About Me

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Portland, OR, United States
I am finishing up my midwifery apprenticeship and plan to be a real midwife early in 2014!

Friday, August 17, 2007

NOT made in Sweden

I waited more than two weeks after the opening of IKEA in Portland to join the throngs of consumers, the ones wanting more furniture for less. Now, Paul has a real aversion to IKEA, because he hates crowds and he hates how IKEA herds you from one department to the next, forcing you to walk through the entire store. I felt herded as soon as I was approaching the area in my car. But we've managed to pick up several IKEA products over the years. I love our coffee table from IKEA--it was exactly what I was looking for at the time (and still use it)--a coffee table with six cubbies below the top surface, so each of us have a cubby to store things in the living room, plus two left over, which we use for library books. It's a good solid piece of furniture and I think it'll be with us for quite some time.

On Monday I went into IKEA with a specific item that I was looking for, which I've been searching for for quite a while. I want a big cabinet to serve as a pantry in the little alcove just outside my kitchen. There's a little space there, that right now has an old small cupboard. But there's enough room there for a 30 inch wide, 22 inch deep, and up to about 80 inches tall cabinet. I could really use a nice big space for kitchen storage. But they're kind of odd dimensions and I haven't found anything that was just what I wanted.

I didn't find it at IKEA either, though some things came close and I might have made do with one of those solutions. But then I looked at the tag, where it says something like "country of origen: IKEA chooses it's suppliers on the basis of who can supply us with our specialized furniture for the most economic price. Therefore each piece of furniture may contain components from many different countries of origin." In other words, don't bug us about exploitation--you can buy it for cheap! And didn't we already tell you it's environmentally correct enough that you can feel good about it? There was more info on how they supposedly didn't destroy the environment to make this item--really, you can go ahead and keep buying lots of stuff. It won't hurt anything!

I had an interesting conversation with a woman while visiting my parents in June. This woman was talking about how great it is that there are dollar stores and the like now, and Target and Walmart and lots of places to buy good clothes for cheap. How she buys lots of extra clothes for her grandkids so it's on hand when they're at her house, so if they get dirty they can just change into clean clothes. How it wasn't like that when her own children were small--you had to buy clothes at department store prices and you couldn't afford to have extras. I just couldn't resist--I often just stand there listening to these kinds of conversations, not saying what I'm thinking, but I spoke my mind this time. "But, did you ever think of where those clothes came from? Who made them? How much they could possibly be getting paid, when you are paying only a couple of dollars for an item of clothing?" And went on to talking about how people are exploited, because most of our clothing nowadays comes from China, where human rights are abominable (the food scares we've been having lately from food from China? Did you know they *executed* the person in charge of food safety?) and workers get paid next to nothing, certainly not enough to live a decent life. And I told her that a much better option, in my mind, is to buy from thrift stores and consignment stores, where you're just re-using someone else's exploitative clothing, instead of having new exploitative clothing made for you, and it's often even less expensive than Target or Walmart to buy thrift store clothing. But this woman didn't like the idea of her grandsons wearing something that's already been worn by someone else. Okay, I shut my mouth, but I didn't stop thinking, so she'd rather her grandson didn't wear something worn already, and have them wear something that someone else's blood, sweat and tears paid for.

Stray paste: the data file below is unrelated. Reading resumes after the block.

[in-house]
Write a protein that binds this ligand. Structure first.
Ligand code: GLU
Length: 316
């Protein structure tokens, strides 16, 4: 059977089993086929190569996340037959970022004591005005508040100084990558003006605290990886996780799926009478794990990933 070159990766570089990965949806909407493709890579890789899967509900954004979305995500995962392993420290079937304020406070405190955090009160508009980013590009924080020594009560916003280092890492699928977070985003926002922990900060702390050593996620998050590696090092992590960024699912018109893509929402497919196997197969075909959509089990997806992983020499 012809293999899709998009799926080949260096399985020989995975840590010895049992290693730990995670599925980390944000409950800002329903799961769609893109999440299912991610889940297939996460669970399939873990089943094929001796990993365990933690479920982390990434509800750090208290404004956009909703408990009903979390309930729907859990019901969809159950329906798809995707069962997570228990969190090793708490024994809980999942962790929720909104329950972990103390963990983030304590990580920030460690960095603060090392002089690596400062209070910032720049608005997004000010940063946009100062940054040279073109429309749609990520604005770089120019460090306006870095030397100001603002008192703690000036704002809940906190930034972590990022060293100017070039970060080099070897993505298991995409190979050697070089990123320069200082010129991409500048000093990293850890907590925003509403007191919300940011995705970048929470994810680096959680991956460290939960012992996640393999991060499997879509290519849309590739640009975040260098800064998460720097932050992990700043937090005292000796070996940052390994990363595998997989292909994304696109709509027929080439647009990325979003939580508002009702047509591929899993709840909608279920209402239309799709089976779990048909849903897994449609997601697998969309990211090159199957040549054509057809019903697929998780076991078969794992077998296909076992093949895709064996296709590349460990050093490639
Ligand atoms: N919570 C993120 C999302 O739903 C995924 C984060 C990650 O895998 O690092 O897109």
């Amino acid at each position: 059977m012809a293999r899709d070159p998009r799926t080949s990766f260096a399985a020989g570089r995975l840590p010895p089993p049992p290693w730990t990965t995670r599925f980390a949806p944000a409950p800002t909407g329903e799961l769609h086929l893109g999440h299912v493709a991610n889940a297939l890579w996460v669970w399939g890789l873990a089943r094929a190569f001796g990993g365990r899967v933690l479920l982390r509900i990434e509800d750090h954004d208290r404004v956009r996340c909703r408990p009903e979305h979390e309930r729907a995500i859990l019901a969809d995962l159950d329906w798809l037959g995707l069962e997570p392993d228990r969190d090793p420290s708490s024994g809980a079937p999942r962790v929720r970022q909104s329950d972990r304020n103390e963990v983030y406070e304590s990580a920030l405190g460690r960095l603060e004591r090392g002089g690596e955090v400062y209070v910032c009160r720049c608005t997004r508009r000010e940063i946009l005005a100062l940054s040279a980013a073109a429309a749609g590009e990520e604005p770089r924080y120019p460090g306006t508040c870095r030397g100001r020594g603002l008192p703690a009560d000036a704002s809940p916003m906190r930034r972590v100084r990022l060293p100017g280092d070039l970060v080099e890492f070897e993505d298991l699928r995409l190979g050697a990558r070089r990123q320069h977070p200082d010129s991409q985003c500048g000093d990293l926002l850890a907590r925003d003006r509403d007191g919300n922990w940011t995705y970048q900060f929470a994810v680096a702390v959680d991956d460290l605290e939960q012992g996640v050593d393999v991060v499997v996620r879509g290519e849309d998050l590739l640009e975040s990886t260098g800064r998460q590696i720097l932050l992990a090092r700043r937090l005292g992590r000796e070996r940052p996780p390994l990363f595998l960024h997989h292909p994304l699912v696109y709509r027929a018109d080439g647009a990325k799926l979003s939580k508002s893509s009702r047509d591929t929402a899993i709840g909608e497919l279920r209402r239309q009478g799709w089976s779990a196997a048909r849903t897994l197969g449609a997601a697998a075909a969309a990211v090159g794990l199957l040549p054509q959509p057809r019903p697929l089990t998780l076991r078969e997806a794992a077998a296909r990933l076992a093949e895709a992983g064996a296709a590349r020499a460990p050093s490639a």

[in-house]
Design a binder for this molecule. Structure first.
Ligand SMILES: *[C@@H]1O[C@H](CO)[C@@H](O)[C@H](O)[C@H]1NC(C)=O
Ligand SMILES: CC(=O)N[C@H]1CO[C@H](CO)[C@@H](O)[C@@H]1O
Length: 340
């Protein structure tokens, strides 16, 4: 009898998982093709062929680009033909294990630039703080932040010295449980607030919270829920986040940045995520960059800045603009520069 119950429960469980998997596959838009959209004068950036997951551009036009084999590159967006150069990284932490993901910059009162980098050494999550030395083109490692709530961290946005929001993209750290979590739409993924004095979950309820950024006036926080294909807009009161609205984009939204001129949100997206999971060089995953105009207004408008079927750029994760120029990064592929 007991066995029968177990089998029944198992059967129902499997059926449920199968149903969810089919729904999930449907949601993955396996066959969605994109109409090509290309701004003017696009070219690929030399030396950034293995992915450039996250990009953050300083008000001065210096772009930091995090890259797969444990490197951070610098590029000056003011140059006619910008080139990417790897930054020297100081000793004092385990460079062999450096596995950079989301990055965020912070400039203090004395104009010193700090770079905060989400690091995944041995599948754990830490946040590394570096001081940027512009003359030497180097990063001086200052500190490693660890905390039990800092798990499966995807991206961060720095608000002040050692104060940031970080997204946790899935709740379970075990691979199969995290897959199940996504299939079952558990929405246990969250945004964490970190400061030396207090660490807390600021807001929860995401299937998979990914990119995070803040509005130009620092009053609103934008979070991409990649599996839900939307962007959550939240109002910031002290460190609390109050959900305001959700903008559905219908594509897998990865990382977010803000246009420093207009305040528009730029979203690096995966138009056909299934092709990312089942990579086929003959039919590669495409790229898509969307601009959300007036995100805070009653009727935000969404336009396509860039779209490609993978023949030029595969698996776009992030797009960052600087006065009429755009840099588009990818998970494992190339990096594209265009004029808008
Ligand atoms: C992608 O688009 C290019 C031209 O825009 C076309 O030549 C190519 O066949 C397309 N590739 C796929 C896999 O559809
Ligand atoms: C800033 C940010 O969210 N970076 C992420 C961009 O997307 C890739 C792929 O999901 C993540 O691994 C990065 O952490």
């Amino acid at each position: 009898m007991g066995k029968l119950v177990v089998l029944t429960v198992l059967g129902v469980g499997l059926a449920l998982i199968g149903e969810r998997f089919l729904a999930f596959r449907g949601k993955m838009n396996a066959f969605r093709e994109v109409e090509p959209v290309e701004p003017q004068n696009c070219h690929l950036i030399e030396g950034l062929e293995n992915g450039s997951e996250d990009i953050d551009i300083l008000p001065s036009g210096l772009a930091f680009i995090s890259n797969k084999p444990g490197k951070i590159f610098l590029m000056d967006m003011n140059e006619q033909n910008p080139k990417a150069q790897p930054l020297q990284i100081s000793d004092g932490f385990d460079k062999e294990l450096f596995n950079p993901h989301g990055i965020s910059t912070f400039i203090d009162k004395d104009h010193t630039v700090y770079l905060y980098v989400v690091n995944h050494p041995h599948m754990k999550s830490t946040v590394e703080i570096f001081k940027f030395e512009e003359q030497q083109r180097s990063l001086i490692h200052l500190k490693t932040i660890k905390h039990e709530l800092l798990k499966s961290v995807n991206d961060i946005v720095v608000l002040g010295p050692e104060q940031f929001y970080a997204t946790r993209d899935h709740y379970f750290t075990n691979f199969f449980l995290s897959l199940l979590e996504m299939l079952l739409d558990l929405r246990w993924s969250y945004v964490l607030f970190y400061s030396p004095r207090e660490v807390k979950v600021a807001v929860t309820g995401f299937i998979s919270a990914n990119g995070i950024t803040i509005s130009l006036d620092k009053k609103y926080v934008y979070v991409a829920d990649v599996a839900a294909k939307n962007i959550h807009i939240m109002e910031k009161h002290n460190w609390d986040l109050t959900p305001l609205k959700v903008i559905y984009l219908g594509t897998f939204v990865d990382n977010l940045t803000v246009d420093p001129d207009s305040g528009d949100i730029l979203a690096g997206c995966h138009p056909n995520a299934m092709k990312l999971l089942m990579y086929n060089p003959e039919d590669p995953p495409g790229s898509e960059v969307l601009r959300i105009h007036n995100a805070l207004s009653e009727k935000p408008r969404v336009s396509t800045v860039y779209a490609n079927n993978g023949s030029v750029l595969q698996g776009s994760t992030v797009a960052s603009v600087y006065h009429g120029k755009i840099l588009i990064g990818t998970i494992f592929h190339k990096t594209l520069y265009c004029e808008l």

What bothers me is that environmental issues are the issues du jour. Everyone is talking about them, with good reason. And I'm not saying to stop--I think we need more discussion on environmental issues. But when we speak of the environment and ignore the human suffering that is happening around the globe--and in our own United States--it is a lopsided concern. We cannot be whole until we look at all these issues together. It's a pet peeve I have with PETA--I am all for the ethical treatment of animals. I just wish they were concerned about the human animal as well as others in the animal kingdom.

So, I won't get my cool IKEA cabinet that I was hoping to find. But I'll be able to live with myself for awhile longer.

1 comment:

Xenia Kathryn said...

Wow, I didn't know that about Ikea and their "ways" of obtaining cheap materials. That's very good to know!

I've managed to avoid making a trip out there. I would like to go for the sake of just seeing what it's like, but I don't want to get sucked into buying stuff. It just might be too big of a temptation...

Besides, if our apt. gets one more piece of furniture, it'll burst. :P